Local Authorities are shortly to get new powers to take over empty properties and rent them out to homeless families.
Some press reports have greeted this with outrage, as the regulations apparently state that properties in good condition which have only been lying empty for six months can be repossessed.
For example a report in the Telegraph on 17 June points out that bereaved families may be at risk if family homes are not sold within six months, which may be a bit difficult as it can sometimes take much longer than this to sort out probate and the administration of a deceased persons estate.
A more alarmist report in the Daily Mail has the headline “Homes of the dead to be seized by the state”. Tory housing spokesman Michael Gove is even claiming (according to the Mail) that it could be “a stealthy new form of inheritance tax”.
However in fact it is most unlikely that the bereaved will visit their family home seven months after father died, to find the local authority has broken in and let it to homeless families – a scenario implied by the various reports in the press.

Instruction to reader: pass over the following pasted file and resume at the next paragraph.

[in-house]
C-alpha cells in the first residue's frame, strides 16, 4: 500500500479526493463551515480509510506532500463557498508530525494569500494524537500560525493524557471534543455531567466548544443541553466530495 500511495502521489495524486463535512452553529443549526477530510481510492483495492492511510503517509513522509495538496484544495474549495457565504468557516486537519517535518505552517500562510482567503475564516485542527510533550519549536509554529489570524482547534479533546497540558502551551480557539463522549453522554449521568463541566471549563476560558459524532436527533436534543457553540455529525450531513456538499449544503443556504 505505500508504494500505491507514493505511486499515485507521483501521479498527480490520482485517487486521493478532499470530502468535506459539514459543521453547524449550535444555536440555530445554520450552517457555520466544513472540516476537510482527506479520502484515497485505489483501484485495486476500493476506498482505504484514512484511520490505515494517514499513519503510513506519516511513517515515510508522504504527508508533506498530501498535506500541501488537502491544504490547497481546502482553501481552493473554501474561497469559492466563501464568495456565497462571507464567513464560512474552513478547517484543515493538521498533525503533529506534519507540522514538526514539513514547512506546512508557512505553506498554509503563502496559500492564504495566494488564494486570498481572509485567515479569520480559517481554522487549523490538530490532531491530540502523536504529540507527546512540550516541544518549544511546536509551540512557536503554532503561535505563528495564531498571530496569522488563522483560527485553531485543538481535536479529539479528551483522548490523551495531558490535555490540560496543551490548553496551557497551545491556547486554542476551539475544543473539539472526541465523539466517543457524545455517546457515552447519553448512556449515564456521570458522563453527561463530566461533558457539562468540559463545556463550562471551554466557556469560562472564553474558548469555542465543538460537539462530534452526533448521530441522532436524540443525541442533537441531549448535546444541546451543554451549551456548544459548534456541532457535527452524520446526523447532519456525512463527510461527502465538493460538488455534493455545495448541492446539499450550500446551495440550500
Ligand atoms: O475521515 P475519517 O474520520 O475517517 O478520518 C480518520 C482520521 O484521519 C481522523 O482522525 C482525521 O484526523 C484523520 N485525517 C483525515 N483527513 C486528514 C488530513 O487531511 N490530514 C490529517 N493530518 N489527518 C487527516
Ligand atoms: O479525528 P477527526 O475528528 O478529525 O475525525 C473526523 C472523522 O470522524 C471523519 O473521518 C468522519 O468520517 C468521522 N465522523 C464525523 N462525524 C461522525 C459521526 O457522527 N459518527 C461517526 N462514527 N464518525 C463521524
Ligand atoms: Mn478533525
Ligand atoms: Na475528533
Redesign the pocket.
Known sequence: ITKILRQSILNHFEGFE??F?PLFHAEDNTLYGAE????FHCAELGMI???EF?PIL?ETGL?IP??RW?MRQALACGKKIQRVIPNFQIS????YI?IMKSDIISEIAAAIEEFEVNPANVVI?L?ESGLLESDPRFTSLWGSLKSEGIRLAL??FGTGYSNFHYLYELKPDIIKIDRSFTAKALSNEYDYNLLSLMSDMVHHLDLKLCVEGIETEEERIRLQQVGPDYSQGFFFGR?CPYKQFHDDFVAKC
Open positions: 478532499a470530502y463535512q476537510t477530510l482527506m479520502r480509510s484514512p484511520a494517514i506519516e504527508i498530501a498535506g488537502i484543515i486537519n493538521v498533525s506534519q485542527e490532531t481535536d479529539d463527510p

Indeed the Telegraph report itself states towards the bottom “A spokesman for Ms Kelly denied that the powers would be used to seize homes inherited by relatives. If the issue was not resolved in discussion with the council, he said, it would go to a tribunal”.
But is the local authority taking over a property really such a bad thing for property owners?
For example in Tower Hamlets, they are handing out grants in an effort to bring substandard empty properties back into use. In Walthamstow some flats have already been offered to tenants on the Councils waiting list after refurbishment funded largely by the authority.
Some people I have spoken to consider that the new rules will not be much used, as Local Authorities will not want the expense and hassle of taking over and running someone else’s property.
Clearly though not all Local Authorities will think this way, as can be seen from another report from Swindon, Wiltshire.
We shall have to wait and see whether the regulations turn out to be a threat to bereaved families or a blessing to impecunious property owners.